I decided not to say anything on social media yesterday, but it was the ten year anniversary of Mum’s death on Sunday. In fact, I don’t think I said much at all. Except to Dexter of course, I always make an exception for him.
Dexter had just turned one when we lost Mum, so he doesn’t remember her, but I make sure I tell him stories about how much she loved him (and all her grandchildren), how she’d feed him, play with him, bounce him on her knee. For someone that doesn’t remember his Nan, he has a great emotional attachment to her and he broke down a couple of times during the day.
As for me, I didn’t cry at all. Not even when we put a dozen white roses on her grave which, on a scale of really sad things to do, is pretty much near the top of the list! I guess the thing about grief is that there is no ‘right’ time to grieve, to cry, or to miss someone. It has its own schedule. It has a canny nack of hitting you when you least expect it. Like when Eurovision comes on and I suddenly remember Mum and I making a chart of who our favourite acts were and scoring them accordingly from our respective houses, and then calling each other up to see how we compared. Or when I go to what was our favourite café and I see other mothers and daughters there just enjoying each others’ company, like we used to do. Or when I walk past the oak dresser that’s in the dining room of the house I now live in and see all the photos of her – at my wedding, at my brothers’, stood with her sister wearing the most fabulous matching green dress and jacket.
Aaah, I remember that outfit well. As usual, I was with her when she bought it. We’d go shopping every Saturday with each other, invariably bringing Nan along too for her weekly trip out. Mum thought the outfit was rather expensive but I told her it was worth it. She was worth it. She worried that the dress was too short as it was just above the knee. I told her she had great legs and could carry it off. She worried the colour was too bright. I told her it complimented her fair hair and freckly skin.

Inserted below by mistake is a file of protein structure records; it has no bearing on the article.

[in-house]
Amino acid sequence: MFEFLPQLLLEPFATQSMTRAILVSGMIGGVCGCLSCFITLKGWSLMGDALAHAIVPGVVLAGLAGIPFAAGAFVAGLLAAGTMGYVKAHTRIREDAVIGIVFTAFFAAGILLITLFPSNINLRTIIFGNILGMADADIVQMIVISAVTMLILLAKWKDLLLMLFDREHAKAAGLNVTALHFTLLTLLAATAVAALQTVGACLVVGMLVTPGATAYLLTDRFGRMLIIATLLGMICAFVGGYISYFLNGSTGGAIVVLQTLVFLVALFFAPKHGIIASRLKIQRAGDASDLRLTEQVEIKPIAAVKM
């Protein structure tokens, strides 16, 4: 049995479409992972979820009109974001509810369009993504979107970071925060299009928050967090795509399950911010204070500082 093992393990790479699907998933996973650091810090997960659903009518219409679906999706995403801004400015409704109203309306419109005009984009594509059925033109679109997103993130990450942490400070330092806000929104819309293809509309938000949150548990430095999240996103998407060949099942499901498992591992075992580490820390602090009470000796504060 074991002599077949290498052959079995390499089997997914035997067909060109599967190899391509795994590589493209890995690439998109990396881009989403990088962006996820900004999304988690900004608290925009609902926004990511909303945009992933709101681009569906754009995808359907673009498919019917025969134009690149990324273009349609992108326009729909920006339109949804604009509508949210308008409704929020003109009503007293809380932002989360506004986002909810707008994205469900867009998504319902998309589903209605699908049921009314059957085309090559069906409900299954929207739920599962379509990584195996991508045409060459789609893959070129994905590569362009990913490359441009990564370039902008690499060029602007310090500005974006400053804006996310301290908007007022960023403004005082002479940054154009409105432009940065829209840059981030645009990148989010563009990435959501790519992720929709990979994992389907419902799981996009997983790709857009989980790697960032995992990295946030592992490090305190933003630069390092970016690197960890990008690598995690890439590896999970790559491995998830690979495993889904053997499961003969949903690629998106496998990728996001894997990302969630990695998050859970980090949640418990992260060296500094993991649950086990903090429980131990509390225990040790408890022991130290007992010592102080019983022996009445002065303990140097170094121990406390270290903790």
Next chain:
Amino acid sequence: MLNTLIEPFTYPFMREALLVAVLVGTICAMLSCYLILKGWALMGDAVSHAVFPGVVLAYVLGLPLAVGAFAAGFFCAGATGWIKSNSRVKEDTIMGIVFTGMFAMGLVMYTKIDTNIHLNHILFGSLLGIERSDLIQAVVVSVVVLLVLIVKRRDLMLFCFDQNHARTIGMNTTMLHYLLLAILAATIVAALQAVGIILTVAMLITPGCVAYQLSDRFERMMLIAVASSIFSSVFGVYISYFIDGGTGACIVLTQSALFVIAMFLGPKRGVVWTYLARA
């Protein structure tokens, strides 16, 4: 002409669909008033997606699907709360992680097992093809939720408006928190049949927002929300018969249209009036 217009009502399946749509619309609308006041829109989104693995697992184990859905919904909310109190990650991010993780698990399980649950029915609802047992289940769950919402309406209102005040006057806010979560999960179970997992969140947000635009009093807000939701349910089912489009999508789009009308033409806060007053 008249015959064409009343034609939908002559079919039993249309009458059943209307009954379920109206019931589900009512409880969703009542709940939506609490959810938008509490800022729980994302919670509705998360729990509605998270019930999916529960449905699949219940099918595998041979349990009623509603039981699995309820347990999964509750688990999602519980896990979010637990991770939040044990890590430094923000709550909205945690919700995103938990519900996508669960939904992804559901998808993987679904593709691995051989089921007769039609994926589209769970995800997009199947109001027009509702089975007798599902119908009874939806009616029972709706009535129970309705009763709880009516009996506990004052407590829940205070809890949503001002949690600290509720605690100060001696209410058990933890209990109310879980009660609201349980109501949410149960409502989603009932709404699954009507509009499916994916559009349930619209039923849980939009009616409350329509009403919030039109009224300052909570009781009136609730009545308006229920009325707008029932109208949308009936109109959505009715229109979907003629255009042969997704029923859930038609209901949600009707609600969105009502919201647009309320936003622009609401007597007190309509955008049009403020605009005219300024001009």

At least I said those things in my head … I’m not sure if I ever said them out loud.
I know I’ve written about Mum before on my blog and I don’t want to feel I’m going over the same thing time and time again, but it’s very difficult, especially for me, as a writer, to experience these milestones and not express how I feel. So, my lovely readers, I’m afraid you are my surrogate partner during times like this. You are the people I turn to when I need to get things off my chest.
When I first moved in with Dad, I worried that this house, their house, would be too big a reminder for me and I wouldn’t be able to cope with being here. I know I found it hard to visit Dad in the years after Mum died because being in that house was physically painful. My heart ached for my Mum. Literally everything I see reminds me of her in his house. The old carriage clock next to the fire, the navy blue dining room chair covers that she re-upholstered herself … the peach colour she painted the conservatory wall. I remember everything. But as time has passed, I’ve become accustomed to it all. Now, I take comfort from sitting in the same place on the blue sofa that she used to sit on. Cooking on the same hob that we once cooked Christmas dinner together on all those years ago. Dexter sleeping in her bed.
Maybe Dexter feels her around him and that’s why he has this emotional connection with a woman he never knew, or maybe he sees her in me … the woman and mother I now am.
Grief and loss is never-ending but I take comfort from knowing that the older I get, the more like her I become. I have so many wonderful memories and as much as they may have faded somewhat, they’ll never die. She was one class act that woman. Even when dressed as a punk.